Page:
Okay make that slightly less storage as I mounted the hot water heater under it.  At this point, cutting holes in this thing has become a bit of a hobby.  Barely visible at the front of the bed is the Espar heater which takes a tap off the diesel tank and provides heating for the cabin.  It ate up a bit more space under the bed but will be invaluable on cold nights.

My wife is short.  She doesn't need a whole lot of bed.  So rather than get design crazy I decided to build her a custom bed for her short stature and a footwell to accommodate my human-sized frame.

At this point the mess of wires was starting to wear on me.  I enlisted the help of my offspring and set off to take care of it.  I use flooded batteries so I wanted a tray that I could slide out for easy maintenance.

While we're on this side, why not throw up a panel?  Also my first speaker finally found a home.

Battery tray done, its time to enclose those bad boys in what will become the base for the fridge.

I partitioned off a section to use as the distribution center.  Batteries release hydrogen during charging so best to put any potential sparks away from them.  Also you want to have the solar controller mounted close to the batteries so this made a nice home for it as well.

The battery compartment got a floor vent.  Not exactly ideal since hydrogen rises, but with the exhaust fan on the roof this should pull a pretty good draft.  I added a bit of filter material to keep the bugs out.

As long as I'm under the van, I might as well address the exhaust off the water heater.  The stock pipe blew into the bumper so I trimmed it and added a downturn.  Nice and stealthy!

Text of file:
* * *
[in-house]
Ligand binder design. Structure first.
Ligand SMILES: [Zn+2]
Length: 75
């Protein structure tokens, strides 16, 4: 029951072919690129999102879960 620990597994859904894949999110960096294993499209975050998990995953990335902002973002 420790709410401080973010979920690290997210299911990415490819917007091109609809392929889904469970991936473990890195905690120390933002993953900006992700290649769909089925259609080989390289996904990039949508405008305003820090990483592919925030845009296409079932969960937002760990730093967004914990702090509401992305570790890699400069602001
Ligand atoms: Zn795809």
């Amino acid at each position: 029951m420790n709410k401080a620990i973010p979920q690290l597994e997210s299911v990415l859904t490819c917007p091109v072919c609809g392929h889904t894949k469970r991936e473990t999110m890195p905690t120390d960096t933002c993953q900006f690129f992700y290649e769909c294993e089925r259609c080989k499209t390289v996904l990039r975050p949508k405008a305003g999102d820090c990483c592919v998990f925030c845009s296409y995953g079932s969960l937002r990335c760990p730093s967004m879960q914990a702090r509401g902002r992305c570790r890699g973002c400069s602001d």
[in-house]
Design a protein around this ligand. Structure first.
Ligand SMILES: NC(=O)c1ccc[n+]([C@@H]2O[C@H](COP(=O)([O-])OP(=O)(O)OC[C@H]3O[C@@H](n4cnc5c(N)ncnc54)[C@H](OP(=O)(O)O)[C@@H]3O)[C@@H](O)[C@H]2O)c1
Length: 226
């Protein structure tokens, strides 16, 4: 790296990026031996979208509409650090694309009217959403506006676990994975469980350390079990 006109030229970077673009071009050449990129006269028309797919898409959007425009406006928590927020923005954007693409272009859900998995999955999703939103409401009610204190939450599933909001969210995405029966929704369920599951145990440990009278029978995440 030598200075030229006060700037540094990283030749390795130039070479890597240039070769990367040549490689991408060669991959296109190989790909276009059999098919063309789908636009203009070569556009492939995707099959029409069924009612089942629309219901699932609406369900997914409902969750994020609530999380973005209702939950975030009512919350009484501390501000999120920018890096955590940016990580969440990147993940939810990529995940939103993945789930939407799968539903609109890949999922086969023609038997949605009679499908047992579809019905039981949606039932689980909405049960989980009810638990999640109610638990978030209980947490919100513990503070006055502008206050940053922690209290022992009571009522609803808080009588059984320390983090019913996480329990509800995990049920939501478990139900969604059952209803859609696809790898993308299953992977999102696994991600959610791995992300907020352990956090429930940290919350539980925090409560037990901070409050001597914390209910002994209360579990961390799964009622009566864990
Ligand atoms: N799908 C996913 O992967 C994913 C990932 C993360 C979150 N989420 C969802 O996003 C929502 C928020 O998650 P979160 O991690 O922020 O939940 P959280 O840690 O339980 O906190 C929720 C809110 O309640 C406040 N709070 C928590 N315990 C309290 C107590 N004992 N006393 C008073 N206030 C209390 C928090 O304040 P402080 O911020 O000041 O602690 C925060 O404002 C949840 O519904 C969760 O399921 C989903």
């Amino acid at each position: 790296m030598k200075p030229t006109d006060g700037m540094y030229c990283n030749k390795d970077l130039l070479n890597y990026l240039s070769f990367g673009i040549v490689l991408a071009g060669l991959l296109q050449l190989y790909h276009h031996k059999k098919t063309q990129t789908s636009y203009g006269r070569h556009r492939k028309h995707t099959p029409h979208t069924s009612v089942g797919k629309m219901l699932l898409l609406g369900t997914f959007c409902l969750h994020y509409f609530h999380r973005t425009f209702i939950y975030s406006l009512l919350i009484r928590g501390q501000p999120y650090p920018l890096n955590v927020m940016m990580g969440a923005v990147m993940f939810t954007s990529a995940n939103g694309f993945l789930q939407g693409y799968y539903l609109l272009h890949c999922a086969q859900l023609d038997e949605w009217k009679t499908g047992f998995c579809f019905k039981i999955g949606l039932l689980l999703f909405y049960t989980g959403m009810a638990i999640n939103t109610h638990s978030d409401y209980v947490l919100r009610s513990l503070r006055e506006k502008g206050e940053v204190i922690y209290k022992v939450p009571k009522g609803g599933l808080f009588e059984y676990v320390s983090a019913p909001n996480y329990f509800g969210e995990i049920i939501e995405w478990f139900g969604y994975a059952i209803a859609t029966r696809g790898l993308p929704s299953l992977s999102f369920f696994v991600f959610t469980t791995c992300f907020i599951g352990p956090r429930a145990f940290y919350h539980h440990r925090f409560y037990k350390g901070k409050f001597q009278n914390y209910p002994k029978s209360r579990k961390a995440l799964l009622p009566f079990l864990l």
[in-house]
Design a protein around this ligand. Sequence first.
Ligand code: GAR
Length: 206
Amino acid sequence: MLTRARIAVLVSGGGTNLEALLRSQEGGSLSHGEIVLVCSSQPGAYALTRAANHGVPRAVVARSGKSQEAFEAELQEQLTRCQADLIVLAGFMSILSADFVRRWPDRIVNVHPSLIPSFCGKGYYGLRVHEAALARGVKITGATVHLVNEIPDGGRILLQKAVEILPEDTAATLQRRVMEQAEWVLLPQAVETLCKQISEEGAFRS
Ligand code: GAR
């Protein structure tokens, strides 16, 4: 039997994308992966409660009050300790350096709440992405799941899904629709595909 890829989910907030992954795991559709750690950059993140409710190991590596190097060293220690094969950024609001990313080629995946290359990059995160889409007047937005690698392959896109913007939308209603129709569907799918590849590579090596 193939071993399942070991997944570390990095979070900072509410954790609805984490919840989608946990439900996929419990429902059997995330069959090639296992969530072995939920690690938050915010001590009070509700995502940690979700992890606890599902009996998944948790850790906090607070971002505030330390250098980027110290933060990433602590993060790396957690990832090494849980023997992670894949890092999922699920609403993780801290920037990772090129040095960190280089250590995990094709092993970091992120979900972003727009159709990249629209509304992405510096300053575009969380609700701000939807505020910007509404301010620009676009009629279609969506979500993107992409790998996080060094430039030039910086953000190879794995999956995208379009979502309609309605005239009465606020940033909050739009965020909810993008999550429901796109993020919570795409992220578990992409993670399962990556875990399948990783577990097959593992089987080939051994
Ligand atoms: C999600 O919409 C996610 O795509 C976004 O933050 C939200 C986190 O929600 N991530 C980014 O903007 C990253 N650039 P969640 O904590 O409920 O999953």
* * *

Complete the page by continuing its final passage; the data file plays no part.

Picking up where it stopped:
Fridge base is looking ready to have a fridge.  I covered it thinking that some of it might be visible.  Nope.  Wasted that vinyl.

I built up around the fridge to add more insulation and keep it secure.  It really doesn't need more insulation as its extremely efficient already but I figured it was a good use for my leftover thinsulate.  The fridge is made by Engel and I'm honestly quite amazed by its performance.  I did a bit of testing in my living room when it arrived.  It pulls 4A when it kicks on but this slowly drops off the longer the compressor runs.  Once it reached temperature it only kicked on every 11 minutes, giving me a total draw of 1.2A/hour.  It was so little that I decided to only buy 2 batteries instead of 4.  Granted my testing was done in a 72ยบ room.  Real world testing will ultimately decide if I need to add the additional batteries, but that's a huge savings of money and weight if I can run with half of what I planned.

I also installed some of the DC outlets that I'm using.  Each one has a 12v socket, a 1.1A USB, and a 2.1A USB.  Another common power mistake that I see folks use is to rely too heavily on AC.  You have a DC system, why are you trying to charge a DC item like a phone or laptop using AC?  You waste about 40% more power every time you convert it.  Even worse is to use one large inverter to carry all potential AC loads.  An inverter is incredibly inefficient already, so if you have to use one, the best thing you can do is use the smallest one you can, even if this means multiples.  A $25 inverter to run a small AC appliance will use less power than a large $600 inverter uses just sitting there turned on with no load on it.

I'm estimating another 3 weeks or so until completion at this point, so sometime between Mother's Day and Memorial Day - just in time for summer.